The first time I browsed through Ingri and Edgar Parin D’Aulaire’s biography, Columbus, I purchased it for my kids on the spot based largely on the art. The D’Aulaire’s books are old, and for that reason, I hoped it would present Christopher Columbus without some of our current culture’s antipathy for him. Their first book, Ola, was published in the 1930’s, and many of you will be familiar with their book on Abraham Lincoln. It won a Caldecott Medal for illustration back in 1940, and you can still find it in some libraries and book stores today. Some folks will like the antiquated look of the art, the same way they like authentic Revolutionary era dresses. Others will be turned off by the drab colors and unrealistic people compared to today’s kids’ books. But when I finally sat down to read Columbus with my children, I found that the text was even better than I’d hoped.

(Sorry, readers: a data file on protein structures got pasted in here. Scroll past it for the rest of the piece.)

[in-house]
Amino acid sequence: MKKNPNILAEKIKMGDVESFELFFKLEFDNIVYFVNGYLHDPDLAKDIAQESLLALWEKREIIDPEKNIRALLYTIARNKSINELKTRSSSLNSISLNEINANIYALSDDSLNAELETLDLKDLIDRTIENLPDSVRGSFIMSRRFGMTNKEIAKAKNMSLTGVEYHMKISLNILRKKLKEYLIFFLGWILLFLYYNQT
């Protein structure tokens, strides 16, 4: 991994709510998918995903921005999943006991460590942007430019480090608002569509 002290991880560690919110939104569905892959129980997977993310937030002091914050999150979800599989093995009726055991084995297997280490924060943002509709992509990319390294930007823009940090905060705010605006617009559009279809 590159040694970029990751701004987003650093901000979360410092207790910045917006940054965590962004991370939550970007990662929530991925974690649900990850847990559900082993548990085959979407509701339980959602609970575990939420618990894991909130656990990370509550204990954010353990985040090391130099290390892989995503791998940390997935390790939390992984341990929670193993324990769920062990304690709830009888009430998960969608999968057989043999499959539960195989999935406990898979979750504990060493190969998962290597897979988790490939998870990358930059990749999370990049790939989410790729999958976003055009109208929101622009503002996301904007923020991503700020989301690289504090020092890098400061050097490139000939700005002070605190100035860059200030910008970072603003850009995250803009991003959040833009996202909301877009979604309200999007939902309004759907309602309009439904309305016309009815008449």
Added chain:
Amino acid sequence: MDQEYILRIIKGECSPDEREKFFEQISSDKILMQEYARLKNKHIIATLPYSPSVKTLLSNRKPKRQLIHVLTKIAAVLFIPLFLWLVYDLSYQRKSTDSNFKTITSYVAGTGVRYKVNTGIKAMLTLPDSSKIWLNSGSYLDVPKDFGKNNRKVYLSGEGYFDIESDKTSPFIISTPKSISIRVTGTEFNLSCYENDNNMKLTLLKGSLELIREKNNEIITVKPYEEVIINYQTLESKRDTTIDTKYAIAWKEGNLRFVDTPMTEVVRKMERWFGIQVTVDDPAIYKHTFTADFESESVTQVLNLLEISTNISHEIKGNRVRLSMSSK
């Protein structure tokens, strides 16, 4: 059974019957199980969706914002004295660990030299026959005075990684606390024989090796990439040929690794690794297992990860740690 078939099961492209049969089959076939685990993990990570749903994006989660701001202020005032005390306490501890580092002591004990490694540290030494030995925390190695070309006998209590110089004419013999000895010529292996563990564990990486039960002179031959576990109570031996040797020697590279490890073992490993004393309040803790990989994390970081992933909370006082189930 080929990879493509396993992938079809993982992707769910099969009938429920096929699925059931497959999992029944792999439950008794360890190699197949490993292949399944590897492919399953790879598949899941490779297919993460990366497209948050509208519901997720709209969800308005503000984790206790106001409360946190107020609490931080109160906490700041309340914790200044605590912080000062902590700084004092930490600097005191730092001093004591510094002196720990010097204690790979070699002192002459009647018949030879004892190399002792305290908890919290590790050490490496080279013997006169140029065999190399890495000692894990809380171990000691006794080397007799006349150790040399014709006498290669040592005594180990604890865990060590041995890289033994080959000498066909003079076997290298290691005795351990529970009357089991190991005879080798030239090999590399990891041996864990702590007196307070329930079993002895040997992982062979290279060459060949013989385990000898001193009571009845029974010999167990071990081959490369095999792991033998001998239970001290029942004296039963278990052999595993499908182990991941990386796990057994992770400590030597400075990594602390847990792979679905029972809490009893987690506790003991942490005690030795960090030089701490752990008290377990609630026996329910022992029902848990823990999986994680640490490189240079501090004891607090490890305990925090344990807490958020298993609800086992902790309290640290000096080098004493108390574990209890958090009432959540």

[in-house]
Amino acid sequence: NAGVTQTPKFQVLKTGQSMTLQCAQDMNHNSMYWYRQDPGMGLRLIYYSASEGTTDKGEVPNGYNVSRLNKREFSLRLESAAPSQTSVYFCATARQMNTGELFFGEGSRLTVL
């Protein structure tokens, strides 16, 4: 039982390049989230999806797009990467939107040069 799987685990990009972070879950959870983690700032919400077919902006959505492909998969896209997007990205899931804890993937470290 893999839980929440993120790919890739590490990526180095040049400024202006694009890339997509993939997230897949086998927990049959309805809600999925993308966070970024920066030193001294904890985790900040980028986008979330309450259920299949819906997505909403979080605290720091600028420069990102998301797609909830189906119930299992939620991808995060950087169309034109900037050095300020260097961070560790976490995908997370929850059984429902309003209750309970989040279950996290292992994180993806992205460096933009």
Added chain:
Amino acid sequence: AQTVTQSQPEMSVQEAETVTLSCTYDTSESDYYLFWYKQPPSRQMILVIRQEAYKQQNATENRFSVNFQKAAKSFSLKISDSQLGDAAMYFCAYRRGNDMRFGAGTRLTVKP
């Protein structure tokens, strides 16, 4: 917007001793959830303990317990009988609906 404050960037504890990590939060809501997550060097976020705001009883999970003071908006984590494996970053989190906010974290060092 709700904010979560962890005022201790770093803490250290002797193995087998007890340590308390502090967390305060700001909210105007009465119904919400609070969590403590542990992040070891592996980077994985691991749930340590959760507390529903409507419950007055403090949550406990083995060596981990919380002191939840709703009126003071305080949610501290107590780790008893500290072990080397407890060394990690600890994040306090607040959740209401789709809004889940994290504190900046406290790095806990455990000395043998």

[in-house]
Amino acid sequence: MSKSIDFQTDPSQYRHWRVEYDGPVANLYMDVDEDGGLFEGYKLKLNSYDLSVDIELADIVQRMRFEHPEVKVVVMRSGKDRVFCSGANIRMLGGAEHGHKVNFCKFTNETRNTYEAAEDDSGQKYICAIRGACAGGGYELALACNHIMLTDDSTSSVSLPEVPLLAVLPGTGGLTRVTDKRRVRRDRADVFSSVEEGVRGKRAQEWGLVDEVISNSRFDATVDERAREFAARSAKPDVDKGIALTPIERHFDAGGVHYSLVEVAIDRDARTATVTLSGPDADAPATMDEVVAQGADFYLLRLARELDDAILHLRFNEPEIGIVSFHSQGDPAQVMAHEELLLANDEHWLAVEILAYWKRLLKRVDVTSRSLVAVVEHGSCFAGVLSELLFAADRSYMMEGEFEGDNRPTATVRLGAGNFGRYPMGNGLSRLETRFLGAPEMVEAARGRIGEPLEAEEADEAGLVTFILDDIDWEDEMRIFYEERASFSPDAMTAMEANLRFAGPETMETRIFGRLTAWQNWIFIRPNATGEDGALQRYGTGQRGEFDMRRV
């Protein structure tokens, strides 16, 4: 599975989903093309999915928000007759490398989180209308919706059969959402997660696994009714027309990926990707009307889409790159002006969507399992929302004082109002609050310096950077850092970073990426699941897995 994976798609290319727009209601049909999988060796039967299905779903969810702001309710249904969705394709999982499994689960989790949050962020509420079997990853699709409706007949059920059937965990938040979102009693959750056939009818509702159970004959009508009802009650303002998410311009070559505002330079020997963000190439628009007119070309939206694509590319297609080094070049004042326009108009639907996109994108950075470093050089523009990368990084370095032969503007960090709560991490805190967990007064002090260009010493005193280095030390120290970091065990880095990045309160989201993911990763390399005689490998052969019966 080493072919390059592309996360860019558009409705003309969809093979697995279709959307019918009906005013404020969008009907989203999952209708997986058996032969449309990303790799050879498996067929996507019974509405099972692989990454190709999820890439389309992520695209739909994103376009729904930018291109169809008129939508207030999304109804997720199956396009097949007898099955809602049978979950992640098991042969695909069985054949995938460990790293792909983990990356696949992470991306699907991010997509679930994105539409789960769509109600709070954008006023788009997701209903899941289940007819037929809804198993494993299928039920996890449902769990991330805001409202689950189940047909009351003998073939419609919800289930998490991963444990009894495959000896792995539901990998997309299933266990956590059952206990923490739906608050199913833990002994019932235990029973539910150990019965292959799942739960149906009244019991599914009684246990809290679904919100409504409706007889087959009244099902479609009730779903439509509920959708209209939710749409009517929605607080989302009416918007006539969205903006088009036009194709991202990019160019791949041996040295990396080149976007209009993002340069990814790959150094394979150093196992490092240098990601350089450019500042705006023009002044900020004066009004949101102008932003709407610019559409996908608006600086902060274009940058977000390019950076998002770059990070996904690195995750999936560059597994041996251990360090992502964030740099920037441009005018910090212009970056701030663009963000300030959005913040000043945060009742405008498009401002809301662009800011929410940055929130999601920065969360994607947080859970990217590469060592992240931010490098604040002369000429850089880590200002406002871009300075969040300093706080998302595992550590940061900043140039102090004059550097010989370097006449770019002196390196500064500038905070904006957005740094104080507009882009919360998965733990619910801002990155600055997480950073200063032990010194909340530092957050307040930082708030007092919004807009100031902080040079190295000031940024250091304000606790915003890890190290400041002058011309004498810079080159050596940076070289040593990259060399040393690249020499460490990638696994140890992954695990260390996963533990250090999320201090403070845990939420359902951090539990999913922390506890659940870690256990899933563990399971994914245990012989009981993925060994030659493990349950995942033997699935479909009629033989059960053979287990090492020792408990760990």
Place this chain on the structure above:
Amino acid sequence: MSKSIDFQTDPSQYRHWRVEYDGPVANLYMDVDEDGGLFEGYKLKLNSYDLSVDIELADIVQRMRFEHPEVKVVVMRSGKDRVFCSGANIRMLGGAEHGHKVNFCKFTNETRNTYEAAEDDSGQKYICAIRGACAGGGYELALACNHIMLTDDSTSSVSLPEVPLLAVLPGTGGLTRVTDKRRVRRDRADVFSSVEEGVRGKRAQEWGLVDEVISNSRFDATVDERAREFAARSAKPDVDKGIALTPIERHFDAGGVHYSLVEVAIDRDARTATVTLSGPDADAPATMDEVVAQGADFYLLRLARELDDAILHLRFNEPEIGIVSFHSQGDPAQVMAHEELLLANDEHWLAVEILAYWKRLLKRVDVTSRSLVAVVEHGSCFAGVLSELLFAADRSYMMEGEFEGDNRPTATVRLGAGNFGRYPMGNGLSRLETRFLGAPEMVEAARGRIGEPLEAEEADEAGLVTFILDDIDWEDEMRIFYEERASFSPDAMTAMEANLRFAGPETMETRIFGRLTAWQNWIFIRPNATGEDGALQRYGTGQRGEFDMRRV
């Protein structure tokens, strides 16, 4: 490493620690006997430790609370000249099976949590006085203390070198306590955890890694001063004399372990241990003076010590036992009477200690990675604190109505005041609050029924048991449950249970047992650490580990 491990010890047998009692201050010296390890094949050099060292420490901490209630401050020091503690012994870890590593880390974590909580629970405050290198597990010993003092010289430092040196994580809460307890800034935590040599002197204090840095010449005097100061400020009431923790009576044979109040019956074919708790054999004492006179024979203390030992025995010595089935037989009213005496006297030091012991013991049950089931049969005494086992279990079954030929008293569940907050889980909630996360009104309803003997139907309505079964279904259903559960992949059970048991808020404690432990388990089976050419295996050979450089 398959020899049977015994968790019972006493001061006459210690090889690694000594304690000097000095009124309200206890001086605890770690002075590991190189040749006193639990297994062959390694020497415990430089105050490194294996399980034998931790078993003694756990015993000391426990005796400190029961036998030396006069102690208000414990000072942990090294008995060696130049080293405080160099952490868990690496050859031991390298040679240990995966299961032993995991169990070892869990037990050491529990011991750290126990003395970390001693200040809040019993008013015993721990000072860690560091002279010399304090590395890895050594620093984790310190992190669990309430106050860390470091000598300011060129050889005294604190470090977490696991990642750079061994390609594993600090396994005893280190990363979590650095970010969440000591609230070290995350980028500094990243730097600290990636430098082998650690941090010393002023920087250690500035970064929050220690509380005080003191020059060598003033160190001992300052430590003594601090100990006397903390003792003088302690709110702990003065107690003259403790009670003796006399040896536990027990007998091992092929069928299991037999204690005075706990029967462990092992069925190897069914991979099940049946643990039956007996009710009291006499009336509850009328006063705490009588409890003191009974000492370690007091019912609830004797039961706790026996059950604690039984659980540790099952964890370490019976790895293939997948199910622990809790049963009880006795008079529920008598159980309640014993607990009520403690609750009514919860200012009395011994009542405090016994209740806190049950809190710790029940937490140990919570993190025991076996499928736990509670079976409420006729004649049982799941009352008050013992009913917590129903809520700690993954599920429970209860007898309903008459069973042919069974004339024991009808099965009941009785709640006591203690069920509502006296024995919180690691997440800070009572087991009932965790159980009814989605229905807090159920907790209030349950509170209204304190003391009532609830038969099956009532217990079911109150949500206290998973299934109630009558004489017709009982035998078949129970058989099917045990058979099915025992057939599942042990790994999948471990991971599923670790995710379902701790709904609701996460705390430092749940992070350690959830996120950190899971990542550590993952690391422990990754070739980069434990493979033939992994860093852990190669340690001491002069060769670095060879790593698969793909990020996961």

Perhaps one reason has to do with D’Aulaire’s themselves. They were both immigrants to the U.S., a husband and wife team who met in Munich while studying art in the 1920’s. Thus, they saw things a little differently than most Americans. The Amazon.com summary about them says this: